Dadaism

Dada

Dada (dä´dä) or Dadaism (dä´däĬzəm), international nihilistic movement among European artists and writers that lasted from 1916 to 1922. Born of the widespread disillusionment engendered by World War I, it originated in Zürich with a 1916 party at the Cabaret Voltaire and the recitation of nonsense poetry by the Romanian Tristan Tzara, also the author of the Dada Manifesto. Dada attacked conventional standards of aesthetics and behavior and stressed absurdity and the role of the unpredictable in artistic creation. In Berlin, Dada had political overtones, exemplified by the caricatures of George Grosz and Otto Dix. The French movement was more literary in emphasis; it centered around Tzara, André Breton, Louis Aragon, Jean Arp, Marcel Duchamp, Francis Picabia, and Man Ray. The latter three carried the spirit of Dada to New York City. Typical were the elegant collages devised by Arp, Kurt Schwitters, and Max Ernst from refuse and scraps of paper, and Duchamp's celebrated Mona Lisa adorned with a mustache and a goatee as well as his Fountain (1917), a urinal signed "R. Mutt." Dada principles were eventually modified to become the basis of surrealism in 1924. The literary manifestations of Dada were mostly nonsense poems—meaningless random combinations of words—which were read in public.

See R. Short, Dada and Surrealism (1980); S. C. Foster, ed., Dada-Dimensions (1985); H. Richter, Dada: Art and Anti-Art (1985); R. Motherwell, ed., The Dada Painters and Poets (1951, 2d ed. 1989); A. Codrescu, The Posthuman Dada Guide (2009); J. Rasula, Destruction Was My Beatrice (2015).

The Columbia Encyclopedia, 6th ed. Copyright© 2018, The Columbia University Press.

Dadaism: Selected full-text books and articles

Dada and Surrealism: A Very Short Introduction By David Hopkins Oxford University Press, 2004
A Concise History of Modern Painting By Herbert Read Frederick A. Praeger, 1959
The Avant-Garde Frontier: Russia Meets the West, 1910-1930 By Gail Harrison Roman; Virginia Hagelstein Marquardt University Press of Florida, 1992
Art Is Dead to Dada By Bell, Fraser Queen's Quarterly, Vol. 113, No. 4, Winter 2006
PEER-REVIEWED PERIODICAL
Peer-reviewed publications on Questia are publications containing articles which were subject to evaluation for accuracy and substance by professional peers of the article's author(s).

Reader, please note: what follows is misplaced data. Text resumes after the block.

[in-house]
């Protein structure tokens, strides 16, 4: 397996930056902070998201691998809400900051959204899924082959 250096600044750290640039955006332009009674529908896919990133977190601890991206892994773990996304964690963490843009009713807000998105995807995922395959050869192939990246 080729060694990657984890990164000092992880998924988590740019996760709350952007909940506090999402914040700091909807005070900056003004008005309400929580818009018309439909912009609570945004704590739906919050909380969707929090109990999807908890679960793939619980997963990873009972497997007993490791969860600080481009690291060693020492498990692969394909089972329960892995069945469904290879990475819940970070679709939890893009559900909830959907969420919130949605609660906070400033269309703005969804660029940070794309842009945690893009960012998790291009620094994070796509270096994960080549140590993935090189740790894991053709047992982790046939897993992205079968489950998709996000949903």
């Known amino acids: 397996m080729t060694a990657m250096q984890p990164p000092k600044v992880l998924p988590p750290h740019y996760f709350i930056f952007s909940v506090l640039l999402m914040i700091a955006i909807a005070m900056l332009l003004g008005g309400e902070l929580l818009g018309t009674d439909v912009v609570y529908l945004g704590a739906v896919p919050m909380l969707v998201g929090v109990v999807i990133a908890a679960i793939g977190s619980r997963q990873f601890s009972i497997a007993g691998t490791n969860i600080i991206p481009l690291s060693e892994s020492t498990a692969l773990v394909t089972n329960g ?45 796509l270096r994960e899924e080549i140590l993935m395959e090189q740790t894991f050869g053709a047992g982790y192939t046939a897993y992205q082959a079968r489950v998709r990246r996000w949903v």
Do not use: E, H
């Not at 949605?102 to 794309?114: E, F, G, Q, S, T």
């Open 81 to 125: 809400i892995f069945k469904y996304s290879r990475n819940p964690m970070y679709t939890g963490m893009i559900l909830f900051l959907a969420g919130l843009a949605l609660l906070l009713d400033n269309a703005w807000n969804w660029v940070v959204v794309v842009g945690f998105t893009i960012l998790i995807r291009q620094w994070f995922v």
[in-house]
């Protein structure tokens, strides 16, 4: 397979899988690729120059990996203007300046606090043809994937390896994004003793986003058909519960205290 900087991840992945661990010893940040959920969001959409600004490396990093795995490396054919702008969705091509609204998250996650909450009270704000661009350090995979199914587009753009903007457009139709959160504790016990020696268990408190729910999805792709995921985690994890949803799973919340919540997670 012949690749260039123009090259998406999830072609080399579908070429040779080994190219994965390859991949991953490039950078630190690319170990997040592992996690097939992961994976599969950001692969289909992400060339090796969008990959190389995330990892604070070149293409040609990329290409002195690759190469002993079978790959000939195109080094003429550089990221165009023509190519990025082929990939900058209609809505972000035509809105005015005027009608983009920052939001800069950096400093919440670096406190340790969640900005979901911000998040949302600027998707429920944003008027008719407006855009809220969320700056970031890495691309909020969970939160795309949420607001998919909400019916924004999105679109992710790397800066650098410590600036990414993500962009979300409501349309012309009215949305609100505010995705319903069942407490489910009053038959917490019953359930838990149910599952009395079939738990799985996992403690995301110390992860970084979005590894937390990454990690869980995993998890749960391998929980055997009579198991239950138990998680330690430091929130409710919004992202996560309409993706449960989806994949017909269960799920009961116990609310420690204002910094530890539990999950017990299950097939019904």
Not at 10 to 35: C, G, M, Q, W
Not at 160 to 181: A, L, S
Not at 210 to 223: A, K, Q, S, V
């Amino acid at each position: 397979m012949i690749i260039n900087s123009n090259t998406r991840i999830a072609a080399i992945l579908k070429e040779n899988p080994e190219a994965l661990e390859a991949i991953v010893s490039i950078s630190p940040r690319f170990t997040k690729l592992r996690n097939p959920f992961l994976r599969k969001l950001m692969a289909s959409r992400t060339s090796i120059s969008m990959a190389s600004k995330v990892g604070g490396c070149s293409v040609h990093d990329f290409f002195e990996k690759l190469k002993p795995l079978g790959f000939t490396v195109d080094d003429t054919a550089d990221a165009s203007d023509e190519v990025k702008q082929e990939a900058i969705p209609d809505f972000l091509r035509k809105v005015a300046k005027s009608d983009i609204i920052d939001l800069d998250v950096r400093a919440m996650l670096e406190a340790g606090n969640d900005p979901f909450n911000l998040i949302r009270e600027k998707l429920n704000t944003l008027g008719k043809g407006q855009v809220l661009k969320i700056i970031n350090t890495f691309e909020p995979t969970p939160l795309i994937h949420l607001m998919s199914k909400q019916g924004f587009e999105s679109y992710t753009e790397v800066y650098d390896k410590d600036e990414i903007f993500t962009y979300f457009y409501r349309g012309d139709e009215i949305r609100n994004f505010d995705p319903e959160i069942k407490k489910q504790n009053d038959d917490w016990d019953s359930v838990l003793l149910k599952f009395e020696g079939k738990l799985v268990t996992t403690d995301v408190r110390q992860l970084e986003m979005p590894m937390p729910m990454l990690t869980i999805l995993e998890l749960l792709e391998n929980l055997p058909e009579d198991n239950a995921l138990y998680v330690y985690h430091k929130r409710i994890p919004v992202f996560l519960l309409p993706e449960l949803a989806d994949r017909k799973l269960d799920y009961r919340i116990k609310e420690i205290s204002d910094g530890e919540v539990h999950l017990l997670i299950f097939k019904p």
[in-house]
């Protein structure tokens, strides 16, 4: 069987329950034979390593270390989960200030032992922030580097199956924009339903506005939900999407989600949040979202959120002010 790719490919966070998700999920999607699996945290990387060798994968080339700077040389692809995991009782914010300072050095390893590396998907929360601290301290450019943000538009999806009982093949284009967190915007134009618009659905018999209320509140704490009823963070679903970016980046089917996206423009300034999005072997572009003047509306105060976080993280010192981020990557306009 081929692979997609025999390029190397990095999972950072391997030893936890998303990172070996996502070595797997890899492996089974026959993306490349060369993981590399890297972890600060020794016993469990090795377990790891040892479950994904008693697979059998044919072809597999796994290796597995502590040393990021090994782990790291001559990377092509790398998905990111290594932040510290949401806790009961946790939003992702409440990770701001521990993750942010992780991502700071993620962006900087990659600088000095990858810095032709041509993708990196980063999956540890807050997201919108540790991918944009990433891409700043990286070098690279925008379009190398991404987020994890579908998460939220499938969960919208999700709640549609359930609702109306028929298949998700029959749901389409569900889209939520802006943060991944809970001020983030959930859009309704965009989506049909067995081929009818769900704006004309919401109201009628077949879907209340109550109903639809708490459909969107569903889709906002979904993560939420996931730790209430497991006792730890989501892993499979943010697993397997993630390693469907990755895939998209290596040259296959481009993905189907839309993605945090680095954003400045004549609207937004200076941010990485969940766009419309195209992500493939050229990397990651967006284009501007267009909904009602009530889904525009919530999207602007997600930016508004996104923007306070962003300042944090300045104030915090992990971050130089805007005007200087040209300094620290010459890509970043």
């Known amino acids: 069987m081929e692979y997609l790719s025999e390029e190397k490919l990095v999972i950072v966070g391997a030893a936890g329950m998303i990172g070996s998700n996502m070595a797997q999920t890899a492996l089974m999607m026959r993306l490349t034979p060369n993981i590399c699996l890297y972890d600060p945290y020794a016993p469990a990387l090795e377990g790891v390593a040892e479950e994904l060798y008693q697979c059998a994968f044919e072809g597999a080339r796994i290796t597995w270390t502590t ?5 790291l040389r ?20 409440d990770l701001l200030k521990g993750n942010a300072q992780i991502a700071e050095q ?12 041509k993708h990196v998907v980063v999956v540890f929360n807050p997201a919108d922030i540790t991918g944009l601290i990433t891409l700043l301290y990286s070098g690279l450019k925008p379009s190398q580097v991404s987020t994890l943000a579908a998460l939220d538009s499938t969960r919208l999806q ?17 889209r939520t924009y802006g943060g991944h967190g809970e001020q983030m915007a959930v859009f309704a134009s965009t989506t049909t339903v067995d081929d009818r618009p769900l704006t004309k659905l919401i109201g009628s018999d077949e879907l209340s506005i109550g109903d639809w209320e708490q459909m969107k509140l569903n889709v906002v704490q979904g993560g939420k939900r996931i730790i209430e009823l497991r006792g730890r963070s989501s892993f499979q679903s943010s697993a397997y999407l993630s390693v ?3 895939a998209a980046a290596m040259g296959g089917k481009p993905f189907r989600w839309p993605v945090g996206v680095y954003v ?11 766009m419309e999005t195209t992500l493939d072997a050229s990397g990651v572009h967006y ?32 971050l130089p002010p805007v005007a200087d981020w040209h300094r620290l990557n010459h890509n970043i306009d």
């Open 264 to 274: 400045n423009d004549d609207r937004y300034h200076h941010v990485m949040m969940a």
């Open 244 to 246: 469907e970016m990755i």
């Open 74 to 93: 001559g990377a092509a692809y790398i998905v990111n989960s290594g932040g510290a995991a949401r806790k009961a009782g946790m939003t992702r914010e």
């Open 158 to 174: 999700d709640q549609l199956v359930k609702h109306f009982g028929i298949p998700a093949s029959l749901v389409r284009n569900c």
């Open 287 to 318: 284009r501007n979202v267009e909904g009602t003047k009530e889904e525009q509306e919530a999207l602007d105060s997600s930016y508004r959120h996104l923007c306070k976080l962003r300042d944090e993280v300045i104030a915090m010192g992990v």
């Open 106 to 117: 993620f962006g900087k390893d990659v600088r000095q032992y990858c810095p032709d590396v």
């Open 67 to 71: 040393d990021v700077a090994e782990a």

The Dada Market: An Anthology of Poetry By Willard Bohn Southern Illinois University Press, 1993
PRIMARY SOURCE
A primary source is a work that is being studied, or that provides first-hand or direct evidence on a topic. Common types of primary sources include works of literature, historical documents, original philosophical writings, and religious texts.
Between "Critique" and Propaganda: The Critical Self-Understanding of Art in the Historical Avant-Garde. the Case of Dada By Maftei, Stefan-Sebastian Journal for the Study of Religions and Ideologies, Vol. 9, No. 27, Winter 2010
PEER-REVIEWED PERIODICAL
Peer-reviewed publications on Questia are publications containing articles which were subject to evaluation for accuracy and substance by professional peers of the article's author(s).
Exile's Return: A Literary Odyssey of the 1920s By Malcolm Cowley; Donald W. Faulkner Penguin Books, 1994
Librarian's tip: Chap. 5 "The Death of Dada"
The Waste Land, Liminoid Phenomena, and the Confluence of Dada By Tucker, Shawn R Mosaic (Winnipeg), Vol. 34, No. 3, September 2001
PEER-REVIEWED PERIODICAL
Peer-reviewed publications on Questia are publications containing articles which were subject to evaluation for accuracy and substance by professional peers of the article's author(s).
Dadaism and the Peace Differend By Richmond, Oliver P Alternatives: Global, Local, Political, Vol. 32, No. 4, October-December 2007
PEER-REVIEWED PERIODICAL
Peer-reviewed publications on Questia are publications containing articles which were subject to evaluation for accuracy and substance by professional peers of the article's author(s).
A Dictionary of Twentieth-Century Art By Ian Chilvers Oxford University Press, 1999
Librarian's tip: "Dada" begins on p. 154
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